2. Most of you are familiar with the limited space included the base iPad; 16 GB is just not enough for most users given that the OS itself takes up over 2GB in space. Add in apps like Evernote, Onenote or even Dropbox and your space is eaten up really quickly. If you are hobbled by a 16 GB iPad, an important way to speed up your iPad is to free up space. Head over to Settings -> General -> Usage to see how your memory is allocated. Generally just by removing old photos by sync’ing them to your computer and then removing them from your iPad is a great way to reclaim space. Another obvious way to gain space is to delete unused apps. The final way I have found to reclaim space is to use an app called PhoneClean which does an excellent job scanning your iPad (and iPhone) and removing needless files including browser cache files and other left-over crap. The app runs on Macs and PCs (XP-Win8) and connects to your iPad/iPhone via the standard power cable. Having a few old iPad2s around, I have been using this application for years to keep things neat and tiddy, especially when I need to find space to download a movie or two for kids. Here is a brief overview over from their site;

As the only and best iOS cleaning utility, PhoneClean pioneeringly delivers a solution that helped millions of users reclaim billion gigabytes of storage space. With just few clicks, it allows you to quickly detect and remove temp, cache, cookie, off-line and many other kinds of junk files. The cleaning efficiency is surprising and dramatic, even more than you ever thought possible.



Unfortunately PhoneClean is not a free app and costs $29.99 for a lifetime license or $19.99 for a yearly subscription. I originally started using this apps years ago when it was still free but I upgraded to the lifetime version about six months ago. The link for the Mac version can be downloaded here and the Windows version here.



3. Turning off auto app updates is another good strategy to both save space and increase speed. Not all updates are necessary especially if you are comfortable with how well an app is working for you. This way, you get to chose which apps should be updated and when; i.e. how App Updates used to work prior to iOS. Remember each new update for an app generally adds space and definitely adds functionality which translates to slower performance on older machines. To turn off auto-app updates go to Settings > iTunes and App Store.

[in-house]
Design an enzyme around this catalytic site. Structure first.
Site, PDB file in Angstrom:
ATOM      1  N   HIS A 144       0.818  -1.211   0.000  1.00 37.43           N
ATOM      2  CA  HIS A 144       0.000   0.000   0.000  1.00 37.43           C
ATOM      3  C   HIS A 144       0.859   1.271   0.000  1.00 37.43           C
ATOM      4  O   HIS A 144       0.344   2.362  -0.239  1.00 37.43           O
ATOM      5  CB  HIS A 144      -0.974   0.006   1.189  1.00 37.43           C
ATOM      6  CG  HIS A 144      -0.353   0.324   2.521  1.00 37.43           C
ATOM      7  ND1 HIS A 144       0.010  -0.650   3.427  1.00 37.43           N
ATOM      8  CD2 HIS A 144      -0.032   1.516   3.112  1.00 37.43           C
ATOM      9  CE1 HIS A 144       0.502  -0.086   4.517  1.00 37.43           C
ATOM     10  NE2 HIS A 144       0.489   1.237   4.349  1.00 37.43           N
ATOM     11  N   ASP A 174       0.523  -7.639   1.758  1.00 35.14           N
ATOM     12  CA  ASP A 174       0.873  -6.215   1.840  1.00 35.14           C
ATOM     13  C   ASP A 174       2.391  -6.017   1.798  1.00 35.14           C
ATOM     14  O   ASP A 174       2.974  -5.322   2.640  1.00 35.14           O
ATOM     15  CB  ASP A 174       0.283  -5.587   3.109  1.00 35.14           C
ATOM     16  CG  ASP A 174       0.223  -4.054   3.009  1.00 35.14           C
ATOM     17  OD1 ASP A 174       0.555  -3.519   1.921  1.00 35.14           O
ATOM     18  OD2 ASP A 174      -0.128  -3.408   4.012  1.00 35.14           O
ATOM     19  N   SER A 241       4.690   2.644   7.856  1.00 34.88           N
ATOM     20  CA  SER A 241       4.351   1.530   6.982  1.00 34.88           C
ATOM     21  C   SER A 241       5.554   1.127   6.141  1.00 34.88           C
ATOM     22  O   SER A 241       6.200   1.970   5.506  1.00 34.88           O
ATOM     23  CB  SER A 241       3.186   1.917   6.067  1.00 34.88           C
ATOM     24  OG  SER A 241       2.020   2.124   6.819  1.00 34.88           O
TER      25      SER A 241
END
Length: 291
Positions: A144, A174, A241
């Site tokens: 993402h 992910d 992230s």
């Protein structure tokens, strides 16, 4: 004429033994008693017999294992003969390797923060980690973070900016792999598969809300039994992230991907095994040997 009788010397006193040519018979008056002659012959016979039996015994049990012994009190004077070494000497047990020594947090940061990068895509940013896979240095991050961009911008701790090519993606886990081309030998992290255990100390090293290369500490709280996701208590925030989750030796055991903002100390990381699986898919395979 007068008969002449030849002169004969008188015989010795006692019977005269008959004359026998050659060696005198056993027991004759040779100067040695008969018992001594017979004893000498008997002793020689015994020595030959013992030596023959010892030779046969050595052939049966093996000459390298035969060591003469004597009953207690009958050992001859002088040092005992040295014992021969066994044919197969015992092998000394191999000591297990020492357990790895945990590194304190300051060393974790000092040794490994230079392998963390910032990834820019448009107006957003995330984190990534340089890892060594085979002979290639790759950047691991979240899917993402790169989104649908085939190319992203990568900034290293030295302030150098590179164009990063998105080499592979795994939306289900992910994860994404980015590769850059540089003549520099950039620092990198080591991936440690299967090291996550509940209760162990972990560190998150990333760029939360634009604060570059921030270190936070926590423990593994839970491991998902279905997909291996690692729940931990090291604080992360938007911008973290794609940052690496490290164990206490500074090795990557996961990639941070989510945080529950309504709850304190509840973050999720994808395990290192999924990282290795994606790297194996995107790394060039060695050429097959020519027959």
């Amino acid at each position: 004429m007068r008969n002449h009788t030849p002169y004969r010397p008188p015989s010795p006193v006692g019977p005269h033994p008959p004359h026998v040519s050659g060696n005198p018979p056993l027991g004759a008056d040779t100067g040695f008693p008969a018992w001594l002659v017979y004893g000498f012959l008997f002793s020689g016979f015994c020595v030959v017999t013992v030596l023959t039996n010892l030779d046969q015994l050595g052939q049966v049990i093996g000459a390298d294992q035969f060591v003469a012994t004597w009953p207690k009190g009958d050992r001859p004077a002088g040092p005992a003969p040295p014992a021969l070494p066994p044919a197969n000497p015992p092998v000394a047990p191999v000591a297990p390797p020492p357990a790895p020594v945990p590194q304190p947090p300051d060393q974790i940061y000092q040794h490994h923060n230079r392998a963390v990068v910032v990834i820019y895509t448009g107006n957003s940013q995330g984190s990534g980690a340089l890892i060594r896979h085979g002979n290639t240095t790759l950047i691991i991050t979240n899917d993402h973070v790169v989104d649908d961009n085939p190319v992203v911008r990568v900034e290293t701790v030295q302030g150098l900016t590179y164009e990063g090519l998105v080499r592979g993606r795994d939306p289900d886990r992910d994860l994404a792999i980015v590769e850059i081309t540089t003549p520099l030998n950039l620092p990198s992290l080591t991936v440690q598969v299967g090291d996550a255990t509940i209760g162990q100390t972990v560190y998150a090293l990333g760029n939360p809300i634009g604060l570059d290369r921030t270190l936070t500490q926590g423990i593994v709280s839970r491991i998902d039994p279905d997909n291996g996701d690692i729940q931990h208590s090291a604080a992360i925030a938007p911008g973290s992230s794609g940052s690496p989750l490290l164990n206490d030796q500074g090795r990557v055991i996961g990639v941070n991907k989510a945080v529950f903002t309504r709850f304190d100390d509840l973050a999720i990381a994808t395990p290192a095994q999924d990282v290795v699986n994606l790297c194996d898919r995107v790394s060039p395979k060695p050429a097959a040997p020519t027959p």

4. I have read some posts that do not agree with this next suggestion, but I absolutely subscribe to the belief that killing unused apps from memory will make your iPad faster. This is probably due to my Windows days where the only way I could keep my machine running was by killing everything that I was not really using. The architecture of the iPad is definitely different and I don’t know how much of a back-ground running program stays resident, but I do notice a difference when I kill apps that I am not using. To make myself feel better and to prove that killing apps makes a difference I downloaded a free app called Sys Activity Manager which is a cool app that shows details for your iPad’s, memory, processes, storage and battery very much like the activity managers on Macs and PCs. As a test I installed and ran the tool both before and after killing a bunch of processes on my iPad Air. Take a look at the my before and after.





5. Once you have followed the above recommendations, the final step to add more snap in your iPad is to do a real re-boot. If you are not sure how to do this, simply hold the power button down for about 10 seconds until you are presented with the Slide to Power Off slider. Go ahead and slide and let your iPad sit for about a minute. I am not sure it this is really necessary, but I seem to remember hearing it takes a few seconds for the circuitry to truly reset. Caulk this up to superstition, but it seems to work for me.

That’s it. Without fail the above steps have made a huge difference in the performance of my old iPad 2 and it has even helped in my new iPad Air 32GB.

Do you have additional tricks to speed up a slow iPad?

DISCLOSURE: The links above are affiliate links. This means that I earn a few cents if you click the link and purchase the app. This costs you nothing but it helps me keep this site running.


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SEVEN reasons to choose Microsoft Onenote instead of Evernote